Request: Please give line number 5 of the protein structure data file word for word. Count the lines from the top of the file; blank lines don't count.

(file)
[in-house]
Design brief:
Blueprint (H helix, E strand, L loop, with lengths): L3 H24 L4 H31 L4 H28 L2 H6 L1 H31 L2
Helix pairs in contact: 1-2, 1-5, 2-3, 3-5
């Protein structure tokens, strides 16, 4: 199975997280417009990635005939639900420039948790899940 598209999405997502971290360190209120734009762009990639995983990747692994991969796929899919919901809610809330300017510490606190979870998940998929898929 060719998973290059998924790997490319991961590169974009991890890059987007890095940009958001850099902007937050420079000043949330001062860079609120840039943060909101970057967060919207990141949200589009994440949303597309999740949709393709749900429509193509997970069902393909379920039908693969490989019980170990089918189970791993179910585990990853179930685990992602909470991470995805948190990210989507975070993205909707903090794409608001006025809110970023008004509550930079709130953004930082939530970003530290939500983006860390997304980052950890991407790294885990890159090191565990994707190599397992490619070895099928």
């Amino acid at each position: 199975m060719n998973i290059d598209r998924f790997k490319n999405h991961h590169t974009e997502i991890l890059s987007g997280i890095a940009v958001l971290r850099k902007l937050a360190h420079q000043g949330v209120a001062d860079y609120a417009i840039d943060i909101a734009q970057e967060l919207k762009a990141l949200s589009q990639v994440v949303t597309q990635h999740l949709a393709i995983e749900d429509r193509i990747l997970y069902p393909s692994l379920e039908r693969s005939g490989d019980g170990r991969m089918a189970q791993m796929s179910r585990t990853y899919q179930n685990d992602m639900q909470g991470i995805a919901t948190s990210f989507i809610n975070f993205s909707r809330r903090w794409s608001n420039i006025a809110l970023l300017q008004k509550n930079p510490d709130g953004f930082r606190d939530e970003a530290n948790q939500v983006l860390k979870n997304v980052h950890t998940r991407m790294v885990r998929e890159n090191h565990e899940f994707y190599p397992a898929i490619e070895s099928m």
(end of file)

């Protein structure tokens, strides 16, 4: 199975997280417009990635005939639900420039948790899940 598209999405997502971290360190209120734009762009990639995983990747692994991969796929899919919901809610809330300017510490606190979870998940998929898929 060719998973290059998924790997490319991961590169974009991890890059987007890095940009958001850099902007937050420079000043949330001062860079609120840039943060909101970057967060919207990141949200589009994440949303597309999740949709393709749900429509193509997970069902393909379920039908693969490989019980170990089918189970791993179910585990990853179930685990992602909470991470995805948190990210989507975070993205909707903090794409608001006025809110970023008004509550930079709130953004930082939530970003530290939500983006860390997304980052950890991407790294885990890159090191565990994707190599397992490619070895099928």